“Daddy…this game is hard,” my seven-year-old complained. “Maybe you can just give me a hint if I’m close to Wilson, so that I can find him?”
We don’t like to cheat the rules at the Bell household but in the case of Wilson & Shep, we considered it multiple times.
Another strange fact about Wilson & Shep? It plays up to six players, but we never wanted to play it at more than three. Even at three, two Shep players at a time have to work together to decide something that they literally do not know. Groupthink is not a winner when it comes to deduction in a game of Wilson & Shep.
“We could pick that spot in the corner,” my wife would say when we were working together against my daughter’s Wilson.
“Maybe. But I thought I heard some shuffling with that spot just to the left of Shep.”
“OK, you pick.”
“No, you pick.”
And on and on. Of course, with only 3-4 sheep tiles flipped, neither one of us had any real idea where Wilson was. It’s not like Wilson or his movements drop evidence for the Shep players. You are just guessing.
So that makes for an interesting conundrum: is this the kind of experience you want to provide to a child?
It’s Your Life, But My Vote is No
Based solely on my experiences with Kingdomino, Photosynthesis and the new release Paco’s Party, it’s clear that Blue Orange Games knows games and I believe they understand the dynamics of how families absorb casual content and how games work for all ages.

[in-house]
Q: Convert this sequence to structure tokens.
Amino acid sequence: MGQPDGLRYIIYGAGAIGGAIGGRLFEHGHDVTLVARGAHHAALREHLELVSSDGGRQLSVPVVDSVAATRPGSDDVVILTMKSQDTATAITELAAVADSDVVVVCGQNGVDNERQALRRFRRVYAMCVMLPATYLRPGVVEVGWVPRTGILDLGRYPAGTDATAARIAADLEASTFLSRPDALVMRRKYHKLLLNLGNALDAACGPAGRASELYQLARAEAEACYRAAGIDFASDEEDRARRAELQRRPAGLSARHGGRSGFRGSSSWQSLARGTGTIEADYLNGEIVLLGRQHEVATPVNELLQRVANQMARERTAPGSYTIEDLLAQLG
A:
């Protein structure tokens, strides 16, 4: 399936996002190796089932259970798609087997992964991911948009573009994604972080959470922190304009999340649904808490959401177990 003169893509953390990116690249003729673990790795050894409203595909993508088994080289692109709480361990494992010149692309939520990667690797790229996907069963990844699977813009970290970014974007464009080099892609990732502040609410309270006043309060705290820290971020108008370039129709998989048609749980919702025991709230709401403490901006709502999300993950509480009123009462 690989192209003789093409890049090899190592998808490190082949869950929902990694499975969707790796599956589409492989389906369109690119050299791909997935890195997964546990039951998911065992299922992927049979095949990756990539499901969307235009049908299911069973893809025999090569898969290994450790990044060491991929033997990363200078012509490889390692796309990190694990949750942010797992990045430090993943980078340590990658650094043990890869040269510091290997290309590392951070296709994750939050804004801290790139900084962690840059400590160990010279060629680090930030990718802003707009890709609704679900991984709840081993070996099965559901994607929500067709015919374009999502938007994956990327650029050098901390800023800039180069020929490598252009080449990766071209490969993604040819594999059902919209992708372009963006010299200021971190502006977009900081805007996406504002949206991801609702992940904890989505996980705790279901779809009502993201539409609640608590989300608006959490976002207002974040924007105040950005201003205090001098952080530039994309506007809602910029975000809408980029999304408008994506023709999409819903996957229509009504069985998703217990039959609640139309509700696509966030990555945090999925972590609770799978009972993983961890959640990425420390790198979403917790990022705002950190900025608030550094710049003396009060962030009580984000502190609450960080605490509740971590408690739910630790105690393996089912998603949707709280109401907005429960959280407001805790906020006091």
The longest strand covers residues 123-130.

But Wilson & Shep didn’t do it for my family. I know that because my kids wouldn’t ask to play it when faced with choices of the other family games we are playing this month. My four-year-old son—who is outside of the recommended age range for the game, but we always run all games by both kids just to see if they will fit—enjoyed flipping over the tiles to see if Wilson was there, but couldn’t grasp the strategy behind how to move Shep around the board to try and find Wilson.
And even my seven-year-old recognized when luck was a factor in the pick. In the few instances when someone found Wilson, we found Wilson on the very first turn of a round; in other words, when we just got lucky and placed Shep on one of 16 random tiles and found the wolf. Usually, we didn’t find Wilson at all; discouraging, to say the least, but also a bit of a slog, because having to spend eight turns coming up empty each time is disappointing.
While the gameplay of Wilson & Shep didn’t work for our family, the quality of the Blue Orange production process is once again excellent. Love the magnet-close seal on the box. Love the artwork of the sheep. The Shep playing piece is great. And the rules are very well written.
But, as good as the fully-realized product feels in your hands, it doesn’t make Wilson & Shep any more playable. I’m sure there are tweaks to the rules that would make this work better—Shep brings a friend or two, and you have less turns to find Wilson, to start—but as is, this one wasn’t as good as we hoped.